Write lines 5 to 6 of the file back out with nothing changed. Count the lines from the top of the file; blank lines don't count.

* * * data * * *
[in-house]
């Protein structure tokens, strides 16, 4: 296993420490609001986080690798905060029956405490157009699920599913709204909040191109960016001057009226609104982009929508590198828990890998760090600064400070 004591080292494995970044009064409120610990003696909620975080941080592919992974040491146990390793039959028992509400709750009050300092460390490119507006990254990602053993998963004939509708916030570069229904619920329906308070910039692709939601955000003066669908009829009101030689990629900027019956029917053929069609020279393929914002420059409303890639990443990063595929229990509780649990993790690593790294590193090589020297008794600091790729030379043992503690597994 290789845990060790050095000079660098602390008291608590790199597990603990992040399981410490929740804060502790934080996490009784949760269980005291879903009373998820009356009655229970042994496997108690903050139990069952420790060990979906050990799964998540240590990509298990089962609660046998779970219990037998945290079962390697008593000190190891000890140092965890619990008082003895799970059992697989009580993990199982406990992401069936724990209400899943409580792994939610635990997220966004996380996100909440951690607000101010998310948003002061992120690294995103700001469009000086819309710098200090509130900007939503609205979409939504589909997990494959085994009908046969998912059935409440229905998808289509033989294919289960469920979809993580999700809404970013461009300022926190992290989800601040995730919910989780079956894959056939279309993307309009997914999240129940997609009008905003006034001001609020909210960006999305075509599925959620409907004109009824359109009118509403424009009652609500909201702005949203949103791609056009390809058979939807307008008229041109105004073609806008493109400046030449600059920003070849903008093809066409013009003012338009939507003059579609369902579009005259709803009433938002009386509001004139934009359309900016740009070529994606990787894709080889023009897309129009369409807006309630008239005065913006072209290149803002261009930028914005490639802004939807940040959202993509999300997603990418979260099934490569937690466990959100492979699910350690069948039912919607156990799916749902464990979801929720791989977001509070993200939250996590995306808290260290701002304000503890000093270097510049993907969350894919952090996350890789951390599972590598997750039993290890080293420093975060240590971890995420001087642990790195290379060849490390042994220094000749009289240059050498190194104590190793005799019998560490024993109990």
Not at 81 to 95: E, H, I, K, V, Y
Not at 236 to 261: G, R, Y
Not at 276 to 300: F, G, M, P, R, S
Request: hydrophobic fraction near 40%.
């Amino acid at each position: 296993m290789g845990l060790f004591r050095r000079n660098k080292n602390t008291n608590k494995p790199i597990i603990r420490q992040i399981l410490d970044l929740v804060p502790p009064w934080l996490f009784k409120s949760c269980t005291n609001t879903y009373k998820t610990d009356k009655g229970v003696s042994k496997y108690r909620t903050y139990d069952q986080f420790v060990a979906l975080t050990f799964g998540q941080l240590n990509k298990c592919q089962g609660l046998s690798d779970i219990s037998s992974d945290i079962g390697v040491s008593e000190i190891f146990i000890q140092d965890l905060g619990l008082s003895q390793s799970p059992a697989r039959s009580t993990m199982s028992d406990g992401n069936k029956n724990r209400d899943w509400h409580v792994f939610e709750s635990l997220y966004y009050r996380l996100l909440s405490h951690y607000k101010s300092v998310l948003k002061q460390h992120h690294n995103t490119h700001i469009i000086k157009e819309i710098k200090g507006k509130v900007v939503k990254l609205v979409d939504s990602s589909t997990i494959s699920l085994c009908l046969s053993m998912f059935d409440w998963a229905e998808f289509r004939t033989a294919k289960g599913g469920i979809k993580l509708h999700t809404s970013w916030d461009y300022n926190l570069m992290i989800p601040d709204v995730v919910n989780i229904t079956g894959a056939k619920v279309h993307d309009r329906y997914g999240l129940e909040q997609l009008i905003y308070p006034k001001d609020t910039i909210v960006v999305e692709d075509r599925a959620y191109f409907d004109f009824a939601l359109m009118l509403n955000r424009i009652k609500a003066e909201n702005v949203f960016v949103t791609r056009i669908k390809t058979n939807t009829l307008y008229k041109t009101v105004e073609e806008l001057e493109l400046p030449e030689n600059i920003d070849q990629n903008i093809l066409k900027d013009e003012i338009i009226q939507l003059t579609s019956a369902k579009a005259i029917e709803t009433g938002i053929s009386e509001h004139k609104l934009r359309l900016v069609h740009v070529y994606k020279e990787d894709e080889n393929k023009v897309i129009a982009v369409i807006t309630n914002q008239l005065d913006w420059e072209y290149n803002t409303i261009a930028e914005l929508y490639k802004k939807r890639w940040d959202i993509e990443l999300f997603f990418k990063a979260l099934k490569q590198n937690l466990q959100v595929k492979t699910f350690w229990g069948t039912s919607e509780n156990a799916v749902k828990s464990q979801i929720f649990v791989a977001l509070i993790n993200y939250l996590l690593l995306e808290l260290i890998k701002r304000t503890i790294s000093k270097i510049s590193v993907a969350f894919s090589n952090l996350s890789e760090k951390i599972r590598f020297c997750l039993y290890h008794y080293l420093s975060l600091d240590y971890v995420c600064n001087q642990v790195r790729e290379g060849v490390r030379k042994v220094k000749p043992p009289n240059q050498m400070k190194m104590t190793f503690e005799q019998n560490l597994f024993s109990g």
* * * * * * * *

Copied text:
Not at 276 to 300: F, G, M, P, R, S
Request: hydrophobic fraction near 40%.